Office of International Programs and Services

Faculty-Led Travel Courses


Faculty Led Study Abroad Courses - Africa

 

A Faculty-Led program refers to a study abroad program led by a Western Carolina University Faculty member in an international setting for anywhere between one to eight weeks. You'll earn course credit, experience life abroad and build lifelong relationships with fellow students.

After completing a Faculty-Led Travel Course, many students pursue a study abroad exchange. Faculty-Led Travel Courses are different from Study Abroad, which is with another University and lasts anywhere between a semester and a year.

Costs vary depending on a number of factors including length of the course, location, travel expenses, etc. Financial Aid and Scholarships are available and there are courses to meet almost any budget.

Please Note: To be eligible for a Faculty-Led Travel Course you must have a minimum of a 2.75 GPA and meet any course specific criteria based on the instructor.

2018-19 Faculty-Led Courses

Explore the upcoming opportunities for next academic year.

taulabe, honduras | October 5-13 (Fall Break)

PT 880 (3 credits)

The purpose of this independent study is to prepare students in the Doctor of Physical Therapy to optimize the delivery of care to individuals with disabilities in a remote area of Honduras, enhancing both clinical skills and cultural competency through an interdisciplinary perspective. Some Spanish preferred, GPA of 3.0. For more information, contact Dr. Todd Watson at twatson@wcu.edu

Montego Bay, Southfield & Black River, Jamaica | October 5-13, 2018 (Fall Break)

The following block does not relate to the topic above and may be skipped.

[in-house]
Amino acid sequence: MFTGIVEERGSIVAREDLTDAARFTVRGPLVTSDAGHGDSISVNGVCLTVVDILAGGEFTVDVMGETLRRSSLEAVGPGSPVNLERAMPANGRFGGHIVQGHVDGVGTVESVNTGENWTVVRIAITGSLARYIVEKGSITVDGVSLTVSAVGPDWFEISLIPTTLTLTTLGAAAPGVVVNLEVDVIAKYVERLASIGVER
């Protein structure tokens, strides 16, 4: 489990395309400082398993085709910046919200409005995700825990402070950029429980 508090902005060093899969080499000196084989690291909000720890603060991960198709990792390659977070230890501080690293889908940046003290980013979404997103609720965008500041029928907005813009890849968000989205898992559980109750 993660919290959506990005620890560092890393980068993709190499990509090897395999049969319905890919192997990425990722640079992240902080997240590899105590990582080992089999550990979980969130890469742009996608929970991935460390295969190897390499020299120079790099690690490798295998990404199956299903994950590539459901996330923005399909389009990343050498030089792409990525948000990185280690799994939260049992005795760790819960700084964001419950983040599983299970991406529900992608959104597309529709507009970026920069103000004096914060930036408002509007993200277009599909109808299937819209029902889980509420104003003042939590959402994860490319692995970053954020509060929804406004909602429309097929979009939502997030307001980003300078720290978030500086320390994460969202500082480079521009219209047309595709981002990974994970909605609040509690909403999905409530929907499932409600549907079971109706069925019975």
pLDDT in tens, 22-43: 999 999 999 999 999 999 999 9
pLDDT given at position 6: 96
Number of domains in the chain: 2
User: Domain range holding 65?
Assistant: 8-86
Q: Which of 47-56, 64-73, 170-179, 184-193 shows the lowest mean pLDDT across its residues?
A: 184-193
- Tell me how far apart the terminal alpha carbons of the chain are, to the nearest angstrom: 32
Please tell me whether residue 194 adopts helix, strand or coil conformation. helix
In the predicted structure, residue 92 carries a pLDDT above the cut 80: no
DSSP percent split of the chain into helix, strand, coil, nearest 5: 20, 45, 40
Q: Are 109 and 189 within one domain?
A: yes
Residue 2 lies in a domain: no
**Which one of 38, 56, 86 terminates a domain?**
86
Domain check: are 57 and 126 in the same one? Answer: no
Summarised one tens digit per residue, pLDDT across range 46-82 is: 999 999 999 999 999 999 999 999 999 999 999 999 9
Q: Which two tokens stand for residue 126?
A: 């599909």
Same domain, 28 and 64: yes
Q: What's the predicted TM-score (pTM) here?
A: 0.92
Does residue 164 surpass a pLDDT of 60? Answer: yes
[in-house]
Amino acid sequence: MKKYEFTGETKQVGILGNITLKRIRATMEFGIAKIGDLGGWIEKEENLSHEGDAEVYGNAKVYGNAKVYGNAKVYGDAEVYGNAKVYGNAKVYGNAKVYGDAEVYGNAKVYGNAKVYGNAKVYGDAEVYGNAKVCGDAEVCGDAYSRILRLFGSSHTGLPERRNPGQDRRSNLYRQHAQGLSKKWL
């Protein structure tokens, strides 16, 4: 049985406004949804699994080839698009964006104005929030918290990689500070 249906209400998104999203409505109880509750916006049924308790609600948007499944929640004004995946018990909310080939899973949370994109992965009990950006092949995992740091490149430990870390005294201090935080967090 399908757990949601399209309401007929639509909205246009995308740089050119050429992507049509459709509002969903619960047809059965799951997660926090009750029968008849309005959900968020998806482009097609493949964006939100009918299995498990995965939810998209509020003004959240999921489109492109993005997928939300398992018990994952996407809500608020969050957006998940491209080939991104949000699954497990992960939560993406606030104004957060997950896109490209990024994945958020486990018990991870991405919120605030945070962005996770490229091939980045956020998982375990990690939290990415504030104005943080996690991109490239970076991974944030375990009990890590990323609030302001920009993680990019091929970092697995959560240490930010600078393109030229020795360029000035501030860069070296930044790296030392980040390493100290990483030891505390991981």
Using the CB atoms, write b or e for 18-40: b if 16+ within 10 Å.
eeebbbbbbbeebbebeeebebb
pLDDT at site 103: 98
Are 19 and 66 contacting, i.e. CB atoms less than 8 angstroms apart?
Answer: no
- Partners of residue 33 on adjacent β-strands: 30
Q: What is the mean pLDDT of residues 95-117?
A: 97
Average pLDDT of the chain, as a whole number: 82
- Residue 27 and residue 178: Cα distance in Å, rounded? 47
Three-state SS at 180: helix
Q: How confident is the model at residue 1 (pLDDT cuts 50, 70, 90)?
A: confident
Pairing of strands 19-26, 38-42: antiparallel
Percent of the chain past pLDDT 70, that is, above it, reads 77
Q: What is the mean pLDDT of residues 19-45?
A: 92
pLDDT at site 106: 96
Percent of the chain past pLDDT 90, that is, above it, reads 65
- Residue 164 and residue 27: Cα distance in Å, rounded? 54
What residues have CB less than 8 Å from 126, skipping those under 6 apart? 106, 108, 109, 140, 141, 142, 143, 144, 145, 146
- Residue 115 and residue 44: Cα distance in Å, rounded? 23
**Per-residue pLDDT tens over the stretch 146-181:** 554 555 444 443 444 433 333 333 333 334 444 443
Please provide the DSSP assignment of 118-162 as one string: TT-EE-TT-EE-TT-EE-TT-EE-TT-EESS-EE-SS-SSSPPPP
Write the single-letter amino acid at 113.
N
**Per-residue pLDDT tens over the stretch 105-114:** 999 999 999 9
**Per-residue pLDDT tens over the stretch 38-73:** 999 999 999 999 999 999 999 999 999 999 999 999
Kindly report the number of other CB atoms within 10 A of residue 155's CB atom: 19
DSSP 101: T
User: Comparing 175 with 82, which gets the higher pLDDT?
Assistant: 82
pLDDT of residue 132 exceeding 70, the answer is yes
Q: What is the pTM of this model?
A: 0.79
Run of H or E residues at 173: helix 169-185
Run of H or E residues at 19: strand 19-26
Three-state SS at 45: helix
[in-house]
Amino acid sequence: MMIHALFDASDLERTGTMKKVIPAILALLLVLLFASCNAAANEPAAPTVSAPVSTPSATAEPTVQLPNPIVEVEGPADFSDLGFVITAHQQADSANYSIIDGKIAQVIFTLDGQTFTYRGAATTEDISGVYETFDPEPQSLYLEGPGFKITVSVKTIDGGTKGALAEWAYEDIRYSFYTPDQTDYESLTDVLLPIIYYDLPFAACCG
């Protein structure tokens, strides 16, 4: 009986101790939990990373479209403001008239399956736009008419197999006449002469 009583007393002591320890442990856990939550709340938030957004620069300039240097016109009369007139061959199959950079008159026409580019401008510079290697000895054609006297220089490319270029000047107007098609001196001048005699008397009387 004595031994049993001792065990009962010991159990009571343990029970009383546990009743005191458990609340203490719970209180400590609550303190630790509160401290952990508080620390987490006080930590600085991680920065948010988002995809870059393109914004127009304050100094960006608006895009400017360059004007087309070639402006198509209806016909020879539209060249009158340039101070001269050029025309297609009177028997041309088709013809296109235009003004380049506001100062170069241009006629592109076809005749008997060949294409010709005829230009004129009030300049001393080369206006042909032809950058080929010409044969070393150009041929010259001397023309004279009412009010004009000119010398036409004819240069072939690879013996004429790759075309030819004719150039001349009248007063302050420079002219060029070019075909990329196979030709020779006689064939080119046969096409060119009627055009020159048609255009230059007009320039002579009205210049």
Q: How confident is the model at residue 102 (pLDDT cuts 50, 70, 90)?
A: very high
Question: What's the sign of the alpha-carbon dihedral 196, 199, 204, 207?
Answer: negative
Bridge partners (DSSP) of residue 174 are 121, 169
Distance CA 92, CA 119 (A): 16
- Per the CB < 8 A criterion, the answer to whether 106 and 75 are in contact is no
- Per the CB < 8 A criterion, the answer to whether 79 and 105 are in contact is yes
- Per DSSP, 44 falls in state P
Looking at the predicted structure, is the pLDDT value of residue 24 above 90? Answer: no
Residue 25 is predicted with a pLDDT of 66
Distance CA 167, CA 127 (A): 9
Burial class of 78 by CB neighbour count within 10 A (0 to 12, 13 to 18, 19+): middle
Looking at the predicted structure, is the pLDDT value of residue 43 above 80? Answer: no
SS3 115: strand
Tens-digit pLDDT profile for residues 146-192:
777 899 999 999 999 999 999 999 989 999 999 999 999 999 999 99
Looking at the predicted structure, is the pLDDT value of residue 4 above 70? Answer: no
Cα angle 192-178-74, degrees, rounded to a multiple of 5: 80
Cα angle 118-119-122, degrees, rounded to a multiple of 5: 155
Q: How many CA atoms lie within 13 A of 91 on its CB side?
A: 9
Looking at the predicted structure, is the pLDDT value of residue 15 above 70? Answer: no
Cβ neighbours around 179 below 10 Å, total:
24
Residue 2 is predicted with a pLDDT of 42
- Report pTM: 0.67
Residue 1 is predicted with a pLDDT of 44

TRVL 300 (0 credits)

Nursing students travel to Jamaica to experience an alternative fall break working with clinics, schools and charitable organizations. For more information, contact Dr. Cheryl Clark at cclark@wcu.edu or Elizabeth Sexton at ehsexton@wcu.edu

Nairobi and wongonyi, kenya | september 28-October 14, 2018 (Fall Break)

EDPY 493 (3 credits)

The aims of this course are to gain knowledge of world cultures, understand the historical, geographic, economic, political, cultural, and environmental relationships among global reficitions and peoples, examine the nature of cultural differences and national or regional conflicts and problems, learn to act to influence the public policy and private behavior on behalf of international understanding, develop tolerance and empathy, demonstrate a passion for and love of learning about the world, and express an understanding  of what it means to be a global citizen.

For more information, contact Dr. Russell Binkley at rbinkley@wcu.edu 

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